A Great Evening for Murder

Last spring I attended one of those murder mystery dinner parties. If you’ve never been to one, here’s how they work: the host orders a kit that pre-assigns characters to all the guests, provides each of them with certain actions/phrases they will have to bring about throughout the night, and basically sets up a fake murder scene. The guests must use all of their given information to gather clues and figure out “whodunit” at the end of the evening. Although everyone receives information about their characters ahead of time, no one knows who the victim or murderer are except for the victim and murder themselves (and even they don’t know until they arrive at the party).

The party guests were some friends of mine from one of my student organizations. My friend, Linsey, has a beautiful lake house, which was where the event took place. We were all supposed to arrive completely in costume and in character and we were not supposed to break character until the murder was “solved.”

96bcc61c-6e22-407f-b9c7-dfa096fc364e.jpgI received my “dinner invitation” about a week before the party, and it included the theme for the evening: 80’s. I also received my character information: Alligator Dundee. You see, every character was based on an 80’s fictional character, singer, or movie star, but the murder mystery kit could not risk copyright infringement. So, everyone’s name was slightly changed.

I threw together a costume: a vest (with no shirt underneath), a leather hat, slim jeans, boots, leather armbands, and a necklace with two crocodile teeth. You can find anything at Hobby Lobby.

Little did I know that all of the males—except for one—who were supposed to come to the party backed out at the last minute. It was fine. I was not going to miss it. This high ratio of ladies did not affect me until I arrived a little late to the party.

Linsey’s lake house sits right next to another lake house that shares the same driveway. The owners of said neighboring lake house were out on their porch roasting marshmallows. So, I had to walk past them to get to Linsey’s. I noticed them snicker as I strolled by.

“Whatever,” I thought. “I’m dressed like Crocodile Dundee. Yeah, I look weird.” I, then, noticed that a couple of them were sporting open mouths of disbelief.

I also heard one say, “Oh my gosh. Do you think…”

“He is dressed like one,” another one said.

I had know idea what they were talking about until it dawned on me that these people had already seen a slew of college girls walk into the house. There was loud music playing, so it was obviously a party. I was wearing a vest with no shirt and tight jeans.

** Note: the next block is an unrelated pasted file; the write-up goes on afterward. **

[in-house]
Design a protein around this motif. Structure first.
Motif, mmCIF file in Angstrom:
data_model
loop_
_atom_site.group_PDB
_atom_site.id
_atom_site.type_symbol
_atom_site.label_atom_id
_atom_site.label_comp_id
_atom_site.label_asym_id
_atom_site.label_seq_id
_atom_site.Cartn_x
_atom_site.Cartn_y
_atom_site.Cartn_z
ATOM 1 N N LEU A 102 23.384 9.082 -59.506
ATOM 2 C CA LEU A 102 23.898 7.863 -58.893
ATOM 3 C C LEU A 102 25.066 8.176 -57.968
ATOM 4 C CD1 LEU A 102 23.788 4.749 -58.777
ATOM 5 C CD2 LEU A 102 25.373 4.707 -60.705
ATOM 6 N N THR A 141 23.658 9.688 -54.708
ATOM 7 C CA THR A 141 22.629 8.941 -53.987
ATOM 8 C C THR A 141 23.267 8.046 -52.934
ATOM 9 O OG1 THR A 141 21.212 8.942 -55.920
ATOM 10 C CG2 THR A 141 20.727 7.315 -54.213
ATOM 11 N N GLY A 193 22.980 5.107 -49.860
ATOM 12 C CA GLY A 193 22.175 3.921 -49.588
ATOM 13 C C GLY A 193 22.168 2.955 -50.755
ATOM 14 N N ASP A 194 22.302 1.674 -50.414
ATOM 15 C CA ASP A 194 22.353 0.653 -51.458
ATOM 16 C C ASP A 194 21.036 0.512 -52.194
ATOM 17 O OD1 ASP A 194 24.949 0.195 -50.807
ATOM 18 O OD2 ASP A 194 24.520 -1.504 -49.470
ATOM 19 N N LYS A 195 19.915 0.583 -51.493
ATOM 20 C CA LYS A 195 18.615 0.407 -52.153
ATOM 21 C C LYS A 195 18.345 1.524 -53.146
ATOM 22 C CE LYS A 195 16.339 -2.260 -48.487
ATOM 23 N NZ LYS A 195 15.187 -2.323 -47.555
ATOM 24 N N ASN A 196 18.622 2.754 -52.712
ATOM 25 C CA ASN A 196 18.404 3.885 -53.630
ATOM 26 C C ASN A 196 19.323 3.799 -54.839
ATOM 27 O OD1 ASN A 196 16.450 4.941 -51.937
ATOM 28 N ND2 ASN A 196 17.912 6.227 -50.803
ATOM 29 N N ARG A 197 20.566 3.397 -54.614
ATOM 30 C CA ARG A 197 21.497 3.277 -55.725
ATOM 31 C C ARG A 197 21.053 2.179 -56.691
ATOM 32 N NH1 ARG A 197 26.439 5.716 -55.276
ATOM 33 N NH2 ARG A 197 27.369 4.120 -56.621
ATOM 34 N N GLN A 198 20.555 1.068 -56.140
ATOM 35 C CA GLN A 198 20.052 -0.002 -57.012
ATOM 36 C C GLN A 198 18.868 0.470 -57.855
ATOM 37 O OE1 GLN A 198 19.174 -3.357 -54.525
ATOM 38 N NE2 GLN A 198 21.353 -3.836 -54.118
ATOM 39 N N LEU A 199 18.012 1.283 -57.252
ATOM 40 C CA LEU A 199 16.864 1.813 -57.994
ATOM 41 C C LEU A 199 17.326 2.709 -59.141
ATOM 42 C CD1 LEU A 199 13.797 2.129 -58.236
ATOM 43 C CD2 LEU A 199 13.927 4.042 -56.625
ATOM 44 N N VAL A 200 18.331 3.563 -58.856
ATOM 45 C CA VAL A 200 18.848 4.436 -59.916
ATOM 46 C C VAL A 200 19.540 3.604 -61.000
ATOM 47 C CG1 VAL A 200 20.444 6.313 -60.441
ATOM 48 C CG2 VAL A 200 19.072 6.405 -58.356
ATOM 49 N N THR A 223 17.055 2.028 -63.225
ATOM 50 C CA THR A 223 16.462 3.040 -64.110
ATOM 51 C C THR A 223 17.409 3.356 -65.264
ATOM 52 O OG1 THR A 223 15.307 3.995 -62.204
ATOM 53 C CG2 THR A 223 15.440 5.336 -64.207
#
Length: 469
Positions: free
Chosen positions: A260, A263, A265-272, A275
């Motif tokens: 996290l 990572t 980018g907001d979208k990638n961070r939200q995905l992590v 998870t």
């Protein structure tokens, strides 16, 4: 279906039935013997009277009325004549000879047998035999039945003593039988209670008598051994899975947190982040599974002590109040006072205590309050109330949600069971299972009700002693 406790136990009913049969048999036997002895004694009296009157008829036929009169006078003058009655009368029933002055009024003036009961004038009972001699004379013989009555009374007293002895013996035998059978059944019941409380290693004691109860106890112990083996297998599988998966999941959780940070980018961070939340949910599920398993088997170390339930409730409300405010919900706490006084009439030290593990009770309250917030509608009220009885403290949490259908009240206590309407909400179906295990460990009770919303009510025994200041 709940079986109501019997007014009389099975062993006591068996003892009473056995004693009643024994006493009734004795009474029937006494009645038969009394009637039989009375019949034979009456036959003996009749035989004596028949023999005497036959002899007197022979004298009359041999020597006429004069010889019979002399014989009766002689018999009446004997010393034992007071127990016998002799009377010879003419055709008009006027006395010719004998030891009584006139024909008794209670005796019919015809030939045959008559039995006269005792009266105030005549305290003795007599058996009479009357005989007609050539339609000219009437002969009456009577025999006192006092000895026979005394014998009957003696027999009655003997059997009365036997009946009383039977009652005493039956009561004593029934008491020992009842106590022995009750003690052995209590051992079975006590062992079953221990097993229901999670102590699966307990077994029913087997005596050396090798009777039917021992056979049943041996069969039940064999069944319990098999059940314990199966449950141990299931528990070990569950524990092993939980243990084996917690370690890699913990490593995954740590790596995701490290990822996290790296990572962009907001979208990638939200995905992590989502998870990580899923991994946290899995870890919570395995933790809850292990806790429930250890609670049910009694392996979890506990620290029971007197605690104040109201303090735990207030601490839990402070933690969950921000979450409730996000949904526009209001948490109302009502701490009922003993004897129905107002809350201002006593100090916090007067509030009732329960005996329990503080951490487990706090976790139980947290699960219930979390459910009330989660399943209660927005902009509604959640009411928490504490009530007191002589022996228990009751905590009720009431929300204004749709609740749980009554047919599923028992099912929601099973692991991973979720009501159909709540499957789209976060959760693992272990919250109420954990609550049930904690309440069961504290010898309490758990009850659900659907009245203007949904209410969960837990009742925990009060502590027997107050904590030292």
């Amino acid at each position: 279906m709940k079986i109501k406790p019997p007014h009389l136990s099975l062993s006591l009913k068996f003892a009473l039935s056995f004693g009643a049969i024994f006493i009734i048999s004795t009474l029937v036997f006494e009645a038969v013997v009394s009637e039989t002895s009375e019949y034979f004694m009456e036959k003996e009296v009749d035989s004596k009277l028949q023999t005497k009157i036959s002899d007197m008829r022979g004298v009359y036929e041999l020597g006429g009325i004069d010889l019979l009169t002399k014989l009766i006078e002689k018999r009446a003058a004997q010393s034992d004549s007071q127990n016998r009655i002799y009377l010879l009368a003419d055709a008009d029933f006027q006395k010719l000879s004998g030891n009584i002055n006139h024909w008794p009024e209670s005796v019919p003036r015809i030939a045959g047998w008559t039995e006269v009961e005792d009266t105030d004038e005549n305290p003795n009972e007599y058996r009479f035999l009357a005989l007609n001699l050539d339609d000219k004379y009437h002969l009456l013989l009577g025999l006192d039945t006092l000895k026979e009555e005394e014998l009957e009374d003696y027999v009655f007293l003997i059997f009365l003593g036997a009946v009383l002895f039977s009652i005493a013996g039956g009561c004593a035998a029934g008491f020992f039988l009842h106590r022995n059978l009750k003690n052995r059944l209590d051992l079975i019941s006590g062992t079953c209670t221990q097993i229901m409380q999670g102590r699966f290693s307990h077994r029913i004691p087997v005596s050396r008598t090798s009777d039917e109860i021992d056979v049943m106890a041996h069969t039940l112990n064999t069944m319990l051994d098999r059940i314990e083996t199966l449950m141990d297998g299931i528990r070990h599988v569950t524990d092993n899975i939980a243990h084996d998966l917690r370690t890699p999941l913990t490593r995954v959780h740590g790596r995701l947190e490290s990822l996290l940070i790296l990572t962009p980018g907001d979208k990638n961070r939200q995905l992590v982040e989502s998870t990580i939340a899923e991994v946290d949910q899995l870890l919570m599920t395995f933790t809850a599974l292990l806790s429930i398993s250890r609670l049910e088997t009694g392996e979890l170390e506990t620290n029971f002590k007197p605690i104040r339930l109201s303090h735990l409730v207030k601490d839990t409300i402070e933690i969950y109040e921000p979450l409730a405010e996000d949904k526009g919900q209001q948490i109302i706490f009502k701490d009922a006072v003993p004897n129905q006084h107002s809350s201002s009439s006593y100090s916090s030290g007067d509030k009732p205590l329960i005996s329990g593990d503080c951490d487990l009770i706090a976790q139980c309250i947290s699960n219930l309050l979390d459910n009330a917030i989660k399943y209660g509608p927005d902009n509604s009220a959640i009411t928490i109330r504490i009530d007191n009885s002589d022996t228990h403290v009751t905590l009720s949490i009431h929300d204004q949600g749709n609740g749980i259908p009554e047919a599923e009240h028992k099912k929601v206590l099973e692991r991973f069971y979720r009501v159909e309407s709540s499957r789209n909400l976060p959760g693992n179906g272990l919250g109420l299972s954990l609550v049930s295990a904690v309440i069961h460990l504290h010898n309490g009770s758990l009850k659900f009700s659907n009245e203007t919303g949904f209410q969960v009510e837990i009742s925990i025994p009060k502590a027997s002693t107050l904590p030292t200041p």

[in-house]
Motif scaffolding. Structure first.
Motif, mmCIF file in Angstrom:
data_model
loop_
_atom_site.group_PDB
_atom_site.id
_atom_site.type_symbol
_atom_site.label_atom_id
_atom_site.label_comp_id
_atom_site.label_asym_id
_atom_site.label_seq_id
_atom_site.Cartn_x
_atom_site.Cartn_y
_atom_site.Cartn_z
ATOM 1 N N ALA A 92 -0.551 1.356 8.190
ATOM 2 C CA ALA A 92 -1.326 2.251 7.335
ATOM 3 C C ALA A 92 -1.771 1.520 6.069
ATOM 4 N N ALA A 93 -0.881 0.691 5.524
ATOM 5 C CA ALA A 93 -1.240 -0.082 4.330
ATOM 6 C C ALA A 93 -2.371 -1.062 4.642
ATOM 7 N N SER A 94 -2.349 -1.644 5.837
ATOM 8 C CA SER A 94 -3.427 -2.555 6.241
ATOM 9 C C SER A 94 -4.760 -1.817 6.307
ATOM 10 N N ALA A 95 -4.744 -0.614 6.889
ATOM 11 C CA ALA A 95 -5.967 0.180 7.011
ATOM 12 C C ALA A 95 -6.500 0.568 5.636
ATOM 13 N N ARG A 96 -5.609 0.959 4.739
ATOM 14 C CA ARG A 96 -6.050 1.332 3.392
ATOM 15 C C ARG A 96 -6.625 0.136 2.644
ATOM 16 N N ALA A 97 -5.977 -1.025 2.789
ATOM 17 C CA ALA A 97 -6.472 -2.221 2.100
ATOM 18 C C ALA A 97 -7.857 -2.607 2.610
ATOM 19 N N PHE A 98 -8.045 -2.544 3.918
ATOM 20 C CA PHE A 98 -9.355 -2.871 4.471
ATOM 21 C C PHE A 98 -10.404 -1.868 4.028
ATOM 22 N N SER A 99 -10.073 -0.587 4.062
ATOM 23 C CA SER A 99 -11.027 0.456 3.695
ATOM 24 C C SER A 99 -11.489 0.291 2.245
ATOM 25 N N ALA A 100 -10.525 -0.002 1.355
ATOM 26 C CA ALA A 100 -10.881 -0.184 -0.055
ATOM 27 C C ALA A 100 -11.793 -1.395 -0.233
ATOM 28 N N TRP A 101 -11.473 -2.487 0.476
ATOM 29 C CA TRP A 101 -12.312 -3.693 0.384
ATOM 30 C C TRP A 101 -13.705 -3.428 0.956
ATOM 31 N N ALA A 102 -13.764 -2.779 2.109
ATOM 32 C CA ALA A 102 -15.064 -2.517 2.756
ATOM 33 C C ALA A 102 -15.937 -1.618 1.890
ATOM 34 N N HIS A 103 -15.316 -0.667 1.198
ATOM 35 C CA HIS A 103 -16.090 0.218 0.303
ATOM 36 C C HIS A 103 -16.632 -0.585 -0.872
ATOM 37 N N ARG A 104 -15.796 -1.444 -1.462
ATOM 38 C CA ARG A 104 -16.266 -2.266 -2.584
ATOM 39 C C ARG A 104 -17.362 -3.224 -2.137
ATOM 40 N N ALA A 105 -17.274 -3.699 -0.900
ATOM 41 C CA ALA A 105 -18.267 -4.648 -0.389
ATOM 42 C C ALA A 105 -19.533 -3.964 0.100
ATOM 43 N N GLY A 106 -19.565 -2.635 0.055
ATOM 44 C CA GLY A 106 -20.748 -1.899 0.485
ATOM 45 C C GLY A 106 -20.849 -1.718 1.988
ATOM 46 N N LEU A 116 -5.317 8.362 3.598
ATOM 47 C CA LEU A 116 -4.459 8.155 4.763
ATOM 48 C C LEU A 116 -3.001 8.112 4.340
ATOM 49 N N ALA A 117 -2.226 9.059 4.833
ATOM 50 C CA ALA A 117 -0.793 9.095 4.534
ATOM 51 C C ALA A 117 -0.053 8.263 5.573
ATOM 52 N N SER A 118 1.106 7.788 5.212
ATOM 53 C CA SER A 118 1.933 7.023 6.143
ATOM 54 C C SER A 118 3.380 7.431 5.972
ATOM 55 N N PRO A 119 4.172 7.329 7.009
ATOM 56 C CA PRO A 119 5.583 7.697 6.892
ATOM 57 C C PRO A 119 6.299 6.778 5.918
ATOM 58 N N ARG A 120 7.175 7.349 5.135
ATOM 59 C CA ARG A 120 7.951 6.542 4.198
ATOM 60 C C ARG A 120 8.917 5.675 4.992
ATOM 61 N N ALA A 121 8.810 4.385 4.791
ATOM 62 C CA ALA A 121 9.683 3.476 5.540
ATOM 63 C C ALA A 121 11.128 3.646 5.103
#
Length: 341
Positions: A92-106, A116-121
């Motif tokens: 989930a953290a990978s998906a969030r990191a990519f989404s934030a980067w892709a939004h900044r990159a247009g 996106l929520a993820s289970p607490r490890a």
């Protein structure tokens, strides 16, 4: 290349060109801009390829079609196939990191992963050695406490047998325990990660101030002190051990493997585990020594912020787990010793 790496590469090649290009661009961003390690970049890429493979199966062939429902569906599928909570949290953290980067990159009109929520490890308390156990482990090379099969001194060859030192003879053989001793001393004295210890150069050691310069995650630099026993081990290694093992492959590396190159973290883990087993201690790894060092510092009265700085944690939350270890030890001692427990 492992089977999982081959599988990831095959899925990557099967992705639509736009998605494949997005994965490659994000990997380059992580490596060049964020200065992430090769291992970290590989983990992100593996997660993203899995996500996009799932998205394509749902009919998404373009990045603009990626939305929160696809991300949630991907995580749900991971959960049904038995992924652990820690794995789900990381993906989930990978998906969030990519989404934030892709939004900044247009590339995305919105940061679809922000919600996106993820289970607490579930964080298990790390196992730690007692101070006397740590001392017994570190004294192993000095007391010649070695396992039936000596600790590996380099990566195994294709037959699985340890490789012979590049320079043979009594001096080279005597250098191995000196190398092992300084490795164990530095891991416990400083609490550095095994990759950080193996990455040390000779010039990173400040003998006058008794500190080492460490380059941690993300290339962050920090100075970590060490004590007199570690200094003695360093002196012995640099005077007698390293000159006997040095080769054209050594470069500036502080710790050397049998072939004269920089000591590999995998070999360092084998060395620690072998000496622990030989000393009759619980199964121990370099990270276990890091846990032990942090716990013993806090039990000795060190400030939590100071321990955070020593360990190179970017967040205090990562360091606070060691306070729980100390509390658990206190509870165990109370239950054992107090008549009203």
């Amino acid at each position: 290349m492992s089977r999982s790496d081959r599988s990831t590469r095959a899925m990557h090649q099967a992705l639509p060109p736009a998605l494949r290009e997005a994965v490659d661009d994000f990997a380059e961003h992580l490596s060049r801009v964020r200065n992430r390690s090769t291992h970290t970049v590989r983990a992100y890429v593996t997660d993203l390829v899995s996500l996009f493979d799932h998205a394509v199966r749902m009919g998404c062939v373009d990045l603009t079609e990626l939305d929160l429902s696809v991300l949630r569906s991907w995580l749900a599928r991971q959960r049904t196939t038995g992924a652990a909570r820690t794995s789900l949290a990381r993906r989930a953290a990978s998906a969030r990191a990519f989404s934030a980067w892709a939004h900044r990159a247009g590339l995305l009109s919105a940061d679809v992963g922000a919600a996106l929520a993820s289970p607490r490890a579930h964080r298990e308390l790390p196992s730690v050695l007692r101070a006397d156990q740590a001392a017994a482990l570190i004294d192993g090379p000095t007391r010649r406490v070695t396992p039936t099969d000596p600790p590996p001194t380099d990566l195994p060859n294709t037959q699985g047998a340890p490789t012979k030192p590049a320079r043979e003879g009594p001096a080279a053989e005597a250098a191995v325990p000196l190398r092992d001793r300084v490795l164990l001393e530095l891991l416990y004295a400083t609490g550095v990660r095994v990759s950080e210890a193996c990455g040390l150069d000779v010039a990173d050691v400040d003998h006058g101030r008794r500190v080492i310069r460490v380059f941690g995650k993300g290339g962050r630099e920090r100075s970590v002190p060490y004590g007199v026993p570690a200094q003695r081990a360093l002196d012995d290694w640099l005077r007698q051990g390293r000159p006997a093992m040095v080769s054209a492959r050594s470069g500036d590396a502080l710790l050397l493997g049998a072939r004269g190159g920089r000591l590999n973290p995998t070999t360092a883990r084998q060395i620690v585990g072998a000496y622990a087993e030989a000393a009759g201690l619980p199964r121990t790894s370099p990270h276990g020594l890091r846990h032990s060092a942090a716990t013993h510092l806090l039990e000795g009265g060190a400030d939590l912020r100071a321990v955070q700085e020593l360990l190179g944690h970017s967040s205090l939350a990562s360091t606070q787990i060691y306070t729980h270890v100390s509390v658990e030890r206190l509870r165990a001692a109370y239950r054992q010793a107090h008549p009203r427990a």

They thought I was a stripper, ladies and gentlemen. A stripper.

Oh well. Instead of clarifying, I thought it was more fun to let them ponder.

Anyway, I proceeded through dinner while donning a terrible Australian accent and throwing in an occasional phrase that I was supposed to say based on my instructions. I danced to Michael Jackson and Pat Benatar. I laughed at the ridiculous impersonations of people like Cindi Lauper and Pee Wee Herman.

The game involved the host giving each player envelopes with talking points every few minutes to add more to their conversations. I eventually received an envelope that told me to silently go to the bathroom and look under the sink. I did so, and there they were: Halloween makeup, a tube of fake blood, the murder weapon, and precise instructions for how to die. Wouldn’t you know it—I came to a party as a rugged icon, transitioned into a stripper, and ended up a victim of homicide.

Per request of the instructions, I used the makeup to place a gash on my forehead and squeezed some fake blood on it. I grabbed the murder weapon, which just happened to be a Rubik’s Cube. So 80’s.

I flung the bathroom door open, flopped onto the floor, and tossed the Rubik’s Cube out of my hand as I went down. I opened my mouth and tried to roll my eyes back in my head for dramatic effect.6f147a8f-002a-40d3-a283-01dc79509f65

Everyone screamed, which probably confirmed the neighbors’ stripper suspicions.

I spent the next few minutes lying as still as possible while concerned 80’s stars examined my surroundings. I couldn’t help but chuckle when a Paula Abdul look-alike came barreling towards me, wailing and mourning my passing.

Then, I listened to friends blame each other for my death and try to piece together the fake motives their characters possessed. It was one of the most entertaining things I’ve ever experienced. When they eventually figured it out, the murderer confessed, and we were finally able to break character and discuss how ridiculous, but “totally tubular” we looked. It was a good night.

So, I have only these two things left to say about the matter:

  1. I would wholeheartedly recommend doing a murder mystery party.
  2. To that Debbie Gibson wannabe, I’ll get you back for killing me. Consider it Dundee.

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